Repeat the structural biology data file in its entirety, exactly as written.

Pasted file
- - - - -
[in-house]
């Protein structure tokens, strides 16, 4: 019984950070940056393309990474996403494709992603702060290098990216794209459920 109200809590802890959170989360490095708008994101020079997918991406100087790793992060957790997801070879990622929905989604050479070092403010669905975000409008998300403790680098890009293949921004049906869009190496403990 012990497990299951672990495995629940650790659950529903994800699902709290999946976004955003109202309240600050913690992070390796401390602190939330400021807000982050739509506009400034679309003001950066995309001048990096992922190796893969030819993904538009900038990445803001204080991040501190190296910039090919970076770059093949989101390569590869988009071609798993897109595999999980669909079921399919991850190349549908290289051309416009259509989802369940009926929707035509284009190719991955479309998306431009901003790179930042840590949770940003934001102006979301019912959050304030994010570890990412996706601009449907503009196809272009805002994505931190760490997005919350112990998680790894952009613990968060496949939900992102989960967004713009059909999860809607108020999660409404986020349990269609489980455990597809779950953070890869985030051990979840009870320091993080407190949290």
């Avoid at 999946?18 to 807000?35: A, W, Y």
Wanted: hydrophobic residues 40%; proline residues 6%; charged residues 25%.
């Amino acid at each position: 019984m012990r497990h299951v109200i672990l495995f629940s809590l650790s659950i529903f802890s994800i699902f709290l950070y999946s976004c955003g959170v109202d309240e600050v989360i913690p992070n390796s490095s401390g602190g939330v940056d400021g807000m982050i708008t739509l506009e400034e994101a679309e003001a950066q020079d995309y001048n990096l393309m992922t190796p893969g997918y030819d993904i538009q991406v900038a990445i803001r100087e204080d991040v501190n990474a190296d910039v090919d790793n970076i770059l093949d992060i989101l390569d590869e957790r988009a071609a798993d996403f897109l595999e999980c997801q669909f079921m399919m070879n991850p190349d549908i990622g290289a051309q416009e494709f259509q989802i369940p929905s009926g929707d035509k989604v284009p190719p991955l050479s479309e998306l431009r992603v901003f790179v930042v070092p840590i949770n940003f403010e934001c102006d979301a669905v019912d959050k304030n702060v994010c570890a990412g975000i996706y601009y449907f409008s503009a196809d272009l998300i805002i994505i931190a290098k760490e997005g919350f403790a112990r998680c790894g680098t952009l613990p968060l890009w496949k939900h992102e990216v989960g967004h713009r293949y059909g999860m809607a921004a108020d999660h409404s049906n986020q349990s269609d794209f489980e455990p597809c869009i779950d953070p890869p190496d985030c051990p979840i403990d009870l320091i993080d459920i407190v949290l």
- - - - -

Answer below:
[in-house]
């Protein structure tokens, strides 16, 4: 019984950070940056393309990474996403494709992603702060290098990216794209459920 109200809590802890959170989360490095708008994101020079997918991406100087790793992060957790997801070879990622929905989604050479070092403010669905975000409008998300403790680098890009293949921004049906869009190496403990 012990497990299951672990495995629940650790659950529903994800699902709290999946976004955003109202309240600050913690992070390796401390602190939330400021807000982050739509506009400034679309003001950066995309001048990096992922190796893969030819993904538009900038990445803001204080991040501190190296910039090919970076770059093949989101390569590869988009071609798993897109595999999980669909079921399919991850190349549908290289051309416009259509989802369940009926929707035509284009190719991955479309998306431009901003790179930042840590949770940003934001102006979301019912959050304030994010570890990412996706601009449907503009196809272009805002994505931190760490997005919350112990998680790894952009613990968060496949939900992102989960967004713009059909999860809607108020999660409404986020349990269609489980455990597809779950953070890869985030051990979840009870320091993080407190949290």
């Avoid at 999946?18 to 807000?35: A, W, Y």
Wanted: hydrophobic residues 40%; proline residues 6%; charged residues 25%.
């Amino acid at each position: 019984m012990r497990h299951v109200i672990l495995f629940s809590l650790s659950i529903f802890s994800i699902f709290l950070y999946s976004c955003g959170v109202d309240e600050v989360i913690p992070n390796s490095s401390g602190g939330v940056d400021g807000m982050i708008t739509l506009e400034e994101a679309e003001a950066q020079d995309y001048n990096l393309m992922t190796p893969g997918y030819d993904i538009q991406v900038a990445i803001r100087e204080d991040v501190n990474a190296d910039v090919d790793n970076i770059l093949d992060i989101l390569d590869e957790r988009a071609a798993d996403f897109l595999e999980c997801q669909f079921m399919m070879n991850p190349d549908i990622g290289a051309q416009e494709f259509q989802i369940p929905s009926g929707d035509k989604v284009p190719p991955l050479s479309e998306l431009r992603v901003f790179v930042v070092p840590i949770n940003f403010e934001c102006d979301a669905v019912d959050k304030n702060v994010c570890a990412g975000i996706y601009y449907f409008s503009a196809d272009l998300i805002i994505i931190a290098k760490e997005g919350f403790a112990r998680c790894g680098t952009l613990p968060l890009w496949k939900h992102e990216v989960g967004h713009r293949y059909g999860m809607a921004a108020d999660h409404s049906n986020q349990s269609d794209f489980e455990p597809c869009i779950d953070p890869p190496d985030c051990p979840i403990d009870l320091i993080d459920i407190v949290l």